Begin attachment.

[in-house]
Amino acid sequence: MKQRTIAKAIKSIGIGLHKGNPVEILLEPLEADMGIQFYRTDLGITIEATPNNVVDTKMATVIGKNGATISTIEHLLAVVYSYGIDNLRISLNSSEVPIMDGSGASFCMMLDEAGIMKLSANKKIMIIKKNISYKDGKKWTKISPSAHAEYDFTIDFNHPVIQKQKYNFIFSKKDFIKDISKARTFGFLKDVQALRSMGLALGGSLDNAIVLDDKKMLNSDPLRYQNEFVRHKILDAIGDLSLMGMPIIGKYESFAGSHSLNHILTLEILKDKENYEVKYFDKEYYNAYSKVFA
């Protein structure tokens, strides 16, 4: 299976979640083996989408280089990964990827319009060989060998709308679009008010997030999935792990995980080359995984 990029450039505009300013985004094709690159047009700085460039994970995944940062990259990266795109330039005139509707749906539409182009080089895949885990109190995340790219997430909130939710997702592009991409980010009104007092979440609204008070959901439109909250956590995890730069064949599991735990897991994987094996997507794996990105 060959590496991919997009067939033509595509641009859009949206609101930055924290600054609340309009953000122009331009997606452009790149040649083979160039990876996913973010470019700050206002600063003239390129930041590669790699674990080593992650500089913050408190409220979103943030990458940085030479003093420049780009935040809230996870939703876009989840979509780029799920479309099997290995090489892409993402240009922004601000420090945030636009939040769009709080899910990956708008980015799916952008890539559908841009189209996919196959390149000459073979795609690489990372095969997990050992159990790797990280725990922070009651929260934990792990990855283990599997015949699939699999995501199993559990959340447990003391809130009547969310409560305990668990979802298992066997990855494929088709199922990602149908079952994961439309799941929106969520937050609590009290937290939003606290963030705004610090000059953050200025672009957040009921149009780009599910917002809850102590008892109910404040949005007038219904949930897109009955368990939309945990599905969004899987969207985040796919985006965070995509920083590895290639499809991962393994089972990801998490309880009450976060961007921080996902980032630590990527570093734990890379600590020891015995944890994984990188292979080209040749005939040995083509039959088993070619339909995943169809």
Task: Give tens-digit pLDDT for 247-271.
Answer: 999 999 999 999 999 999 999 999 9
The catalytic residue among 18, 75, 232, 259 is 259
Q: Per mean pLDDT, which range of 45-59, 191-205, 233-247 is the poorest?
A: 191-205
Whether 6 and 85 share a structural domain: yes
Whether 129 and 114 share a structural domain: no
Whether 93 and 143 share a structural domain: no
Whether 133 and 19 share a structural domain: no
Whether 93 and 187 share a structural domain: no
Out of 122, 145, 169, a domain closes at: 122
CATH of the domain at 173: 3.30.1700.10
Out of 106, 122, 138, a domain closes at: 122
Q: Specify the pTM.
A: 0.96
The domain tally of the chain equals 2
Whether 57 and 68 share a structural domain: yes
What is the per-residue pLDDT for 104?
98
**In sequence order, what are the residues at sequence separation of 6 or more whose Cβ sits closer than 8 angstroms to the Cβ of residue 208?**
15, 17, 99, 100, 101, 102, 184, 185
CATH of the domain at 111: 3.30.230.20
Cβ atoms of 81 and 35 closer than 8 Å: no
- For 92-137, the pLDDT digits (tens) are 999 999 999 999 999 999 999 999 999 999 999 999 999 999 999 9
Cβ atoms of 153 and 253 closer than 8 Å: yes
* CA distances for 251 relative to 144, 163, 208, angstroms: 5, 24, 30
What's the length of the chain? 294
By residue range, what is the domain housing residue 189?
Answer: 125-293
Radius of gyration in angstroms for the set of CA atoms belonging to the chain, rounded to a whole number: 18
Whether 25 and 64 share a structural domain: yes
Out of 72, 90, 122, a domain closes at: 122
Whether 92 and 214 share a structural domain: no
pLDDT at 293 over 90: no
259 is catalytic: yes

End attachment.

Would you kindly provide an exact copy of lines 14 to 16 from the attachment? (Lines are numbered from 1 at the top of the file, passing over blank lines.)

Out of 122, 145, 169, a domain closes at: 122
CATH of the domain at 173: 3.30.1700.10
Out of 106, 122, 138, a domain closes at: 122